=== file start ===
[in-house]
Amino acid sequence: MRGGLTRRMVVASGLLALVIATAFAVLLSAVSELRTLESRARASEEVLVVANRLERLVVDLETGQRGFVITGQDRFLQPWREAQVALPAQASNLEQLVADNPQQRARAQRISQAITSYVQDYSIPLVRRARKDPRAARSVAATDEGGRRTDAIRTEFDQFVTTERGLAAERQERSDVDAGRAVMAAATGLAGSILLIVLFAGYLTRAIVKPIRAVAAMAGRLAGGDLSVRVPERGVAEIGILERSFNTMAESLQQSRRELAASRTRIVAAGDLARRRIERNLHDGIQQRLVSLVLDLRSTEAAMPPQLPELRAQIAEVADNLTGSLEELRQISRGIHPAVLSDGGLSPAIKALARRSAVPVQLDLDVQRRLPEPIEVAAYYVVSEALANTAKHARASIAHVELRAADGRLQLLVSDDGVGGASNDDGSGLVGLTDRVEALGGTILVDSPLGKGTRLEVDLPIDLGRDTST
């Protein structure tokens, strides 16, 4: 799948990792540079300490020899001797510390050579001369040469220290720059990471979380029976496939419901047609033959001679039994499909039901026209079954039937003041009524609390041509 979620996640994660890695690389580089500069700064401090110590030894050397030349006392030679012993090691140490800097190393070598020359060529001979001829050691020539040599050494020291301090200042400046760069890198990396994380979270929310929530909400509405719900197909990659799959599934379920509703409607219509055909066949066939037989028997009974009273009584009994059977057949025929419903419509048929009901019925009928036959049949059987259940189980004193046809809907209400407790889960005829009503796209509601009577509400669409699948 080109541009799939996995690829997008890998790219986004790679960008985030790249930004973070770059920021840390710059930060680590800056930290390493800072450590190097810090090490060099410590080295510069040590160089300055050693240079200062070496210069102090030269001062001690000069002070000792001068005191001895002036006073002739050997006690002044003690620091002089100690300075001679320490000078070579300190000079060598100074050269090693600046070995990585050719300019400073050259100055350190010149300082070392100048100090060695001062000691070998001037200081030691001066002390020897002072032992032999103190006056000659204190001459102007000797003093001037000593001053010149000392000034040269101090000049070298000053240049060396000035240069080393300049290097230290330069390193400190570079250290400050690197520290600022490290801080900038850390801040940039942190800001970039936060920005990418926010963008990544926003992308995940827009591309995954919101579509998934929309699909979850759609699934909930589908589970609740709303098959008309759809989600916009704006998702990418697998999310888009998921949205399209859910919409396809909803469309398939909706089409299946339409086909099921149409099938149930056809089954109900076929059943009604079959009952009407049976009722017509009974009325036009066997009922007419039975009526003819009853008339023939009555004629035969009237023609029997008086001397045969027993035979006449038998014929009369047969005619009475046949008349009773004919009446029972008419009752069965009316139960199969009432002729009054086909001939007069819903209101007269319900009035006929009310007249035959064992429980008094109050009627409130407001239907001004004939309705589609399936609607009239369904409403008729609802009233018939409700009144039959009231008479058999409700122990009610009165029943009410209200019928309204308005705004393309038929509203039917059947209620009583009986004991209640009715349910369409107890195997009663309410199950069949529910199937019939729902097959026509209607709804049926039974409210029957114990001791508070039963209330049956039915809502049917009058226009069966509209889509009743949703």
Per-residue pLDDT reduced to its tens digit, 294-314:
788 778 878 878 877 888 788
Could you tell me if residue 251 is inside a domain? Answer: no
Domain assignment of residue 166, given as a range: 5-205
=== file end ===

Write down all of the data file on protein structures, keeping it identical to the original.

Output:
[in-house]
Amino acid sequence: MRGGLTRRMVVASGLLALVIATAFAVLLSAVSELRTLESRARASEEVLVVANRLERLVVDLETGQRGFVITGQDRFLQPWREAQVALPAQASNLEQLVADNPQQRARAQRISQAITSYVQDYSIPLVRRARKDPRAARSVAATDEGGRRTDAIRTEFDQFVTTERGLAAERQERSDVDAGRAVMAAATGLAGSILLIVLFAGYLTRAIVKPIRAVAAMAGRLAGGDLSVRVPERGVAEIGILERSFNTMAESLQQSRRELAASRTRIVAAGDLARRRIERNLHDGIQQRLVSLVLDLRSTEAAMPPQLPELRAQIAEVADNLTGSLEELRQISRGIHPAVLSDGGLSPAIKALARRSAVPVQLDLDVQRRLPEPIEVAAYYVVSEALANTAKHARASIAHVELRAADGRLQLLVSDDGVGGASNDDGSGLVGLTDRVEALGGTILVDSPLGKGTRLEVDLPIDLGRDTST
């Protein structure tokens, strides 16, 4: 799948990792540079300490020899001797510390050579001369040469220290720059990471979380029976496939419901047609033959001679039994499909039901026209079954039937003041009524609390041509 979620996640994660890695690389580089500069700064401090110590030894050397030349006392030679012993090691140490800097190393070598020359060529001979001829050691020539040599050494020291301090200042400046760069890198990396994380979270929310929530909400509405719900197909990659799959599934379920509703409607219509055909066949066939037989028997009974009273009584009994059977057949025929419903419509048929009901019925009928036959049949059987259940189980004193046809809907209400407790889960005829009503796209509601009577509400669409699948 080109541009799939996995690829997008890998790219986004790679960008985030790249930004973070770059920021840390710059930060680590800056930290390493800072450590190097810090090490060099410590080295510069040590160089300055050693240079200062070496210069102090030269001062001690000069002070000792001068005191001895002036006073002739050997006690002044003690620091002089100690300075001679320490000078070579300190000079060598100074050269090693600046070995990585050719300019400073050259100055350190010149300082070392100048100090060695001062000691070998001037200081030691001066002390020897002072032992032999103190006056000659204190001459102007000797003093001037000593001053010149000392000034040269101090000049070298000053240049060396000035240069080393300049290097230290330069390193400190570079250290400050690197520290600022490290801080900038850390801040940039942190800001970039936060920005990418926010963008990544926003992308995940827009591309995954919101579509998934929309699909979850759609699934909930589908589970609740709303098959008309759809989600916009704006998702990418697998999310888009998921949205399209859910919409396809909803469309398939909706089409299946339409086909099921149409099938149930056809089954109900076929059943009604079959009952009407049976009722017509009974009325036009066997009922007419039975009526003819009853008339023939009555004629035969009237023609029997008086001397045969027993035979006449038998014929009369047969005619009475046949008349009773004919009446029972008419009752069965009316139960199969009432002729009054086909001939007069819903209101007269319900009035006929009310007249035959064992429980008094109050009627409130407001239907001004004939309705589609399936609607009239369904409403008729609802009233018939409700009144039959009231008479058999409700122990009610009165029943009410209200019928309204308005705004393309038929509203039917059947209620009583009986004991209640009715349910369409107890195997009663309410199950069949529910199937019939729902097959026509209607709804049926039974409210029957114990001791508070039963209330049956039915809502049917009058226009069966509209889509009743949703």
Per-residue pLDDT reduced to its tens digit, 294-314:
788 778 878 878 877 888 788
Could you tell me if residue 251 is inside a domain? Answer: no
Domain assignment of residue 166, given as a range: 5-205